Floating In A Most Peculiar Way

Author:Chude-Sokei, Louis

Publisher:HarperCollins

ISBN:1328781070

Total Pages:240

Viewed:1184

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The astonishing journey of a bright, utterly displaced boy, from the short-lived African nation of Biafra, to Jamaica, to the harshest streets of Los Angeles—a searing memoir that adds fascinating depth to the coming-to-America story The first time Chude-Sokei realizes that he is “first son of the first son” of a renowned leader of the bygone African nation is in Uncle Daddy and Big Auntie’s strict religious household in Jamaica, where he lives with other abandoned children. A visiting African has just fallen to his knees to shake him by the shoulders: “Is this the boy? Is this him?” Chude-Sokei’s immersion in the politics of race and belonging across the landscape of the African diaspora takes a turn when his traumatized mother, who has her own extraordinary history as the onetime “Jackie O of Biafra,” finally sends for him to come live with her. In Inglewood, Los Angeles, on the eve of gangsta rap and the LA riots, it’s as if he’s fallen to Earth. In this world, anything alien—definitely Chude-Sokei’s secret obsession with science fiction and David Bowie—is a danger, and his yearning to become a Black American gets deeply, sometimes absurdly, complicated. Ultimately, it is a boisterous pan-African family of honorary aunts, uncles, and cousins that becomes his secret society, teaching him the redemptive skill of navigating not just Blackness, but Blacknesses, in his America.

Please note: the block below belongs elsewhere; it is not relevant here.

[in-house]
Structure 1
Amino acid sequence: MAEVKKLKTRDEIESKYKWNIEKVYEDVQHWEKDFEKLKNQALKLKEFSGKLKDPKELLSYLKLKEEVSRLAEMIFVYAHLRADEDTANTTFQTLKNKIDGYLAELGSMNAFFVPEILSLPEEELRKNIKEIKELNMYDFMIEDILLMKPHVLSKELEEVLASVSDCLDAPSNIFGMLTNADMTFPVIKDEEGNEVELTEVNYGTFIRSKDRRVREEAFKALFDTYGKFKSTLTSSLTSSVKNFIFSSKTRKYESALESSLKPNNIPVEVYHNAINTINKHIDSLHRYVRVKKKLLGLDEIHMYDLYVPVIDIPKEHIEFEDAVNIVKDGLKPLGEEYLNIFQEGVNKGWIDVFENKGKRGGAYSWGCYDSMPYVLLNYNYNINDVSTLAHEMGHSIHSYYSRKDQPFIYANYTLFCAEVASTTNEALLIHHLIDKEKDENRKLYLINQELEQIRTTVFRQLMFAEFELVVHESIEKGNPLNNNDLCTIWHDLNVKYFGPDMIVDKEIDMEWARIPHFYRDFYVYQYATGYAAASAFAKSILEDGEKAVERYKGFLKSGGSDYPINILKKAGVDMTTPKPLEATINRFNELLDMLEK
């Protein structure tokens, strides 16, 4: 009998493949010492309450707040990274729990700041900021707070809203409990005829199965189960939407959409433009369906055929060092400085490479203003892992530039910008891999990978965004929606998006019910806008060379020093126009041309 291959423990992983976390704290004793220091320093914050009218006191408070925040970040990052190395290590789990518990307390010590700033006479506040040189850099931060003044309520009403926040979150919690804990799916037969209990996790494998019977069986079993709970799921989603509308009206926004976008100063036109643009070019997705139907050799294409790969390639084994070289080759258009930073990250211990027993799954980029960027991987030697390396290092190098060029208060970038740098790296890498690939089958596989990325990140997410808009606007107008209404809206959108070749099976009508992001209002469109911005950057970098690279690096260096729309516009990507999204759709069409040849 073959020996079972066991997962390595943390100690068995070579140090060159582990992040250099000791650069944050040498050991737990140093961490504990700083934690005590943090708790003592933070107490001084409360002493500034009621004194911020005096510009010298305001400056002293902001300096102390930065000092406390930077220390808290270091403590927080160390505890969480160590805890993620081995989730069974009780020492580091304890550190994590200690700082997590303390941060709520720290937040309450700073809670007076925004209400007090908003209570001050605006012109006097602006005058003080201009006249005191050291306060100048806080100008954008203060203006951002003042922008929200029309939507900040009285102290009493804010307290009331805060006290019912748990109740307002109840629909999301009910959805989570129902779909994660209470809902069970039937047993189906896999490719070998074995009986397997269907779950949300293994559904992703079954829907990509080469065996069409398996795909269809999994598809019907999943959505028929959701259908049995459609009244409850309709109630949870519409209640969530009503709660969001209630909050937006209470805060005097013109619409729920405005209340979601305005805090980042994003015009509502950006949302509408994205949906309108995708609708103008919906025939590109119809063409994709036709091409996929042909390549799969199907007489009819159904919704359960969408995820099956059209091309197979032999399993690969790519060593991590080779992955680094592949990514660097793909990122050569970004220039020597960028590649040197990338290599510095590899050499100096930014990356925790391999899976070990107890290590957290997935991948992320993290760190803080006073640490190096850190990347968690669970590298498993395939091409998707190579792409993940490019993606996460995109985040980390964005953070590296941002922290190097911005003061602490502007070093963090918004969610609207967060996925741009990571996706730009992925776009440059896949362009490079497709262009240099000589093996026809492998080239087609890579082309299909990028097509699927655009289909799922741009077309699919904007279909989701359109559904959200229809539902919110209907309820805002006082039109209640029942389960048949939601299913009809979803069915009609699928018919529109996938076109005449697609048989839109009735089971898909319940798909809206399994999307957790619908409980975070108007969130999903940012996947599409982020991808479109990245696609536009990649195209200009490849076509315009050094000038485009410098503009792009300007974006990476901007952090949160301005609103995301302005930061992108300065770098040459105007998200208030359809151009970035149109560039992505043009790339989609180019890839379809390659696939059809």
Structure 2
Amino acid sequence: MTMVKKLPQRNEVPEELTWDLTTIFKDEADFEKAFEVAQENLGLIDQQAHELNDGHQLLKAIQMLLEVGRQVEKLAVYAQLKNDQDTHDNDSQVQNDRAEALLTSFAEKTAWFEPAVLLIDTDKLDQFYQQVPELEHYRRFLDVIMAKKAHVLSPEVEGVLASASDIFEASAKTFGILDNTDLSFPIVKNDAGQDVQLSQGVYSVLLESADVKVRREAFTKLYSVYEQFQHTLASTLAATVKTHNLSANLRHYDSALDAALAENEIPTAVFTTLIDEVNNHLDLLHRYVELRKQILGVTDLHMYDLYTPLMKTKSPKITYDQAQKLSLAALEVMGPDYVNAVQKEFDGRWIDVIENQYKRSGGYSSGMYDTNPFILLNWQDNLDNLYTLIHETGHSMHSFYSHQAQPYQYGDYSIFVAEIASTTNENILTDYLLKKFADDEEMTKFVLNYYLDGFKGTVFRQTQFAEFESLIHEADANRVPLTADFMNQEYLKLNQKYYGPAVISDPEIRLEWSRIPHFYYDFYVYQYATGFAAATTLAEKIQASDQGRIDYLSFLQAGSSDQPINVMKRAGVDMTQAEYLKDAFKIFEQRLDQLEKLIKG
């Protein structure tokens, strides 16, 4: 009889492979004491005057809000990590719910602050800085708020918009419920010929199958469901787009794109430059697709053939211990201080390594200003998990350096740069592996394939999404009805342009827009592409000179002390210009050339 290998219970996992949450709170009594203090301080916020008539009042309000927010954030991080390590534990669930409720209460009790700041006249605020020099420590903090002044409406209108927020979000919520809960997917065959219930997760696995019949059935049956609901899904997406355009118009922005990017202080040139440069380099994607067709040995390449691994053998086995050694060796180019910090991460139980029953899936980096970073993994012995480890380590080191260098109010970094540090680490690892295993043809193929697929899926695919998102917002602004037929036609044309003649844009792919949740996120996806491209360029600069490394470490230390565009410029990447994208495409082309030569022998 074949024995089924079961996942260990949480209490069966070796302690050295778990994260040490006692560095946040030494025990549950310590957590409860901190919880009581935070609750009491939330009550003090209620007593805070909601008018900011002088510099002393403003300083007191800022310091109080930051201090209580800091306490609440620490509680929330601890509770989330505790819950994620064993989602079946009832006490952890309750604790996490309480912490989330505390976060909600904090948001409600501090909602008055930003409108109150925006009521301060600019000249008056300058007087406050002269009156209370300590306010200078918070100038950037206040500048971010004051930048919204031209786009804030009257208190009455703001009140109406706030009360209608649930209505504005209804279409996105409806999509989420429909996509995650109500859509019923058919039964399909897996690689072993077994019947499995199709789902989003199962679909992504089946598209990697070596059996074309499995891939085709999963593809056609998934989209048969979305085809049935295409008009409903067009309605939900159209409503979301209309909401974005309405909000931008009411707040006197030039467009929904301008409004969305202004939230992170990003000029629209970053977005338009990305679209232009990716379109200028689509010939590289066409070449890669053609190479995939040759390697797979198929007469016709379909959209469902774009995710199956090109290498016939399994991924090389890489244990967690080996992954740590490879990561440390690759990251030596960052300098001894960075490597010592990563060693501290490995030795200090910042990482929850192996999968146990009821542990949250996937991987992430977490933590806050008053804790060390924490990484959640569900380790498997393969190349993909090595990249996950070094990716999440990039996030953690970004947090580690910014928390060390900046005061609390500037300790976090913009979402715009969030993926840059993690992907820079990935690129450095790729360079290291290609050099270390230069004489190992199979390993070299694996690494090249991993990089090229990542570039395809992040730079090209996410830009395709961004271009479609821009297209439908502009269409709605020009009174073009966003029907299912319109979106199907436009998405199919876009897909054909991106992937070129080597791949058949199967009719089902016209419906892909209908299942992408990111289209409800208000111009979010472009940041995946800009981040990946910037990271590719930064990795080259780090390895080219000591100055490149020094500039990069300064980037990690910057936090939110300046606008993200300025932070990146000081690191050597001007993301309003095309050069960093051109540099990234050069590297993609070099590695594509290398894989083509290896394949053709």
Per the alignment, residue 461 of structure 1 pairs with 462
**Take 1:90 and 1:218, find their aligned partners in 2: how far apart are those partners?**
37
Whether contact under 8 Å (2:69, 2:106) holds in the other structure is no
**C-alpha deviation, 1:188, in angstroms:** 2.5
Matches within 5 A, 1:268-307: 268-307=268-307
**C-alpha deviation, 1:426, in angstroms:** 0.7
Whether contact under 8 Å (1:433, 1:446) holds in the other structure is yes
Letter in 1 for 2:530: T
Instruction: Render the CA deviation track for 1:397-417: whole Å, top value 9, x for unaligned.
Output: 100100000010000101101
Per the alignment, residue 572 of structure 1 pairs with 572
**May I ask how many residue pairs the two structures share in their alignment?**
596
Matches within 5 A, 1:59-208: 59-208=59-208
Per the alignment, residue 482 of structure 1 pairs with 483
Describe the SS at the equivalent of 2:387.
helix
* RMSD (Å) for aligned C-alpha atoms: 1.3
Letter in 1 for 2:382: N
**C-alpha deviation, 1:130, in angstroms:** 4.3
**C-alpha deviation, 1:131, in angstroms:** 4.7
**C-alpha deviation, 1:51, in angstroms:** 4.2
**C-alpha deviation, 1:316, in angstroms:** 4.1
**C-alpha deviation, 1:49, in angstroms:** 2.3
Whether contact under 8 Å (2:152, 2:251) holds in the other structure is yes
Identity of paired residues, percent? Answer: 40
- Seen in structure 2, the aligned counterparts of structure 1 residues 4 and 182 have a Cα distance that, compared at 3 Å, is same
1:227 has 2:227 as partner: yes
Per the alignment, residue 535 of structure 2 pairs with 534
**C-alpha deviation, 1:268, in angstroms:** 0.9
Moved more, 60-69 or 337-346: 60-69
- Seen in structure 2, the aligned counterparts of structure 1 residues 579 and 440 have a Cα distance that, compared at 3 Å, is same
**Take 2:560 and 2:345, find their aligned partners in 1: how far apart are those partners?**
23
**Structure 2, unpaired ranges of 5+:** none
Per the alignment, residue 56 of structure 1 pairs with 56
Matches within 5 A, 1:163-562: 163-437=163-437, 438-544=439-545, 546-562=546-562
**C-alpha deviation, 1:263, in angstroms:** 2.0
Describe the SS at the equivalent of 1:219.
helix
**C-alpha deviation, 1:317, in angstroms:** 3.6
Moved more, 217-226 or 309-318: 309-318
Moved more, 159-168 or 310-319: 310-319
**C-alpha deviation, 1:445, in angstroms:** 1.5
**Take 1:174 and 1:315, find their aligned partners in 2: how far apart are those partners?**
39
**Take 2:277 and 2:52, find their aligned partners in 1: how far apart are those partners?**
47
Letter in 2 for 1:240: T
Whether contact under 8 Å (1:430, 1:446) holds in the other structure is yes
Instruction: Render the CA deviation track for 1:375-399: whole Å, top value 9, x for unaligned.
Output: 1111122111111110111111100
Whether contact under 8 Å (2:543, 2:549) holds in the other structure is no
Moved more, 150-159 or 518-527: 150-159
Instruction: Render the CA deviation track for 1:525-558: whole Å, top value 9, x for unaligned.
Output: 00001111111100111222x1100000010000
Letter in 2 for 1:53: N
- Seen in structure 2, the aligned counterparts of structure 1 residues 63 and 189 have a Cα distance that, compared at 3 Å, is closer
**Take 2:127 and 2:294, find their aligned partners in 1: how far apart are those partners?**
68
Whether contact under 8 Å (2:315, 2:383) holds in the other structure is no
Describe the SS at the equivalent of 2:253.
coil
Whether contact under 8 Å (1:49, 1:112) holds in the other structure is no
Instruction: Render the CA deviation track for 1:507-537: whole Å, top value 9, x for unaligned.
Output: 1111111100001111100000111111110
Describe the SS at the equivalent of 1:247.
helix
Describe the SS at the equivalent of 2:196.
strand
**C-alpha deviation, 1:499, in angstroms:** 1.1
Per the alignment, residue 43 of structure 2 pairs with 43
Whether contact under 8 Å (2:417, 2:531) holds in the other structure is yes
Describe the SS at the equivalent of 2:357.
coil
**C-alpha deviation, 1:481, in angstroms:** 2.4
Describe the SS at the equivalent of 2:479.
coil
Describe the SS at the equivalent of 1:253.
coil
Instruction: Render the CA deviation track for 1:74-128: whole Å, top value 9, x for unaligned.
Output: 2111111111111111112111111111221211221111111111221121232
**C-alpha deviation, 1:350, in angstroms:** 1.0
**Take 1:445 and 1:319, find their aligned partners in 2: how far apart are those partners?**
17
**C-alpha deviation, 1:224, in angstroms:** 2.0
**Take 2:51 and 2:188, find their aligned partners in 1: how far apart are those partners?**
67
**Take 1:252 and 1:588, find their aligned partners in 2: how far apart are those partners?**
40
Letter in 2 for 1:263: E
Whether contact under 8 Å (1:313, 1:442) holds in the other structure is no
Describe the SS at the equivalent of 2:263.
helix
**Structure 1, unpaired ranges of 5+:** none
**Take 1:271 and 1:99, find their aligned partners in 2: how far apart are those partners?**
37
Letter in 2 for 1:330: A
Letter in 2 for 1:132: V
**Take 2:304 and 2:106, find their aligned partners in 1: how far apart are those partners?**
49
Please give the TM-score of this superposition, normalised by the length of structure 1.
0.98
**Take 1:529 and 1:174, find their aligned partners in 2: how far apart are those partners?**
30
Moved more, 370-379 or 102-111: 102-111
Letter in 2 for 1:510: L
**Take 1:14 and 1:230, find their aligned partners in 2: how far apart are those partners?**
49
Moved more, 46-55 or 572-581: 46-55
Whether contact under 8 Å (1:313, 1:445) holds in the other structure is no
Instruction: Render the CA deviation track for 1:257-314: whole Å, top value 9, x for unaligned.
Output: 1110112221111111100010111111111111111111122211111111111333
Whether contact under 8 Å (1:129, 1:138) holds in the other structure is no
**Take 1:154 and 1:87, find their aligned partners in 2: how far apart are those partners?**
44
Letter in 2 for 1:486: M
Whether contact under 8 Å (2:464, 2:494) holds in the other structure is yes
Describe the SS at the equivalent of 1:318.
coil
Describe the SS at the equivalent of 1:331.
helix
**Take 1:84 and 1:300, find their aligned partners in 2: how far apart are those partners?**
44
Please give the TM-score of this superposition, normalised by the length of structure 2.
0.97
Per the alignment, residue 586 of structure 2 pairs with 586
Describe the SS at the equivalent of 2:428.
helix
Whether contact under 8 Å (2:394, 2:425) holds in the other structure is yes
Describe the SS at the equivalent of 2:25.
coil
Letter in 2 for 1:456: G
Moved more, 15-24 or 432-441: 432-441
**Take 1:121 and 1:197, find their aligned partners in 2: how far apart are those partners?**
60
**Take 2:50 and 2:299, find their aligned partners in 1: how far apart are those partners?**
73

An Extravagant Death

Author:Charles Finch

Publisher:Minotaur Books

ISBN:1250767148

Total Pages:304

Viewed:1096

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In what promises to be a breakout in Charles Finch's bestselling series, Charles Lenox travels to the New York and Newport of the dawning Gilded Age to investigate the death of a beautiful socialite. London, 1878. With faith in Scotland Yard shattered after a damning corruption investigation, Charles Lenox's detective agency is rapidly expanding. The gentleman sleuth has all the work he can handle, two children, and an intriguing new murder case. But when Prime Minister Benjamin Disraeli offers him the opportunity to undertake a diplomatic mission for the Queen, Lenox welcomes the chance to satisfy an unfulfilled yearning: to travel to America. Arriving in New York, he begins to receive introductions into both its old Knickerbocker society and its new robber baron splendor. Then, a shock: the death of the season's most beautiful debutante, who appears to have thrown herself from a cliff. Or was it murder? Lenox’s reputation has preceded him to the States, and he is summoned to a magnificent Newport mansion to investigate the mysterious death. What ensues is a fiendish game of cat and mouse. Witty, complex, and tender, An Extravagant Death is Charles Finch's triumphant return to the main storyline of his beloved Charles Lenox series—a devilish mystery, a social drama, and an unforgettable first trip for an Englishman coming to America.

When They Call You a Terrorist

Author:Patrisse Cullors,asha bandele

Publisher:St. Martin\'s Press

ISBN:1250171091

Total Pages:304

Viewed:487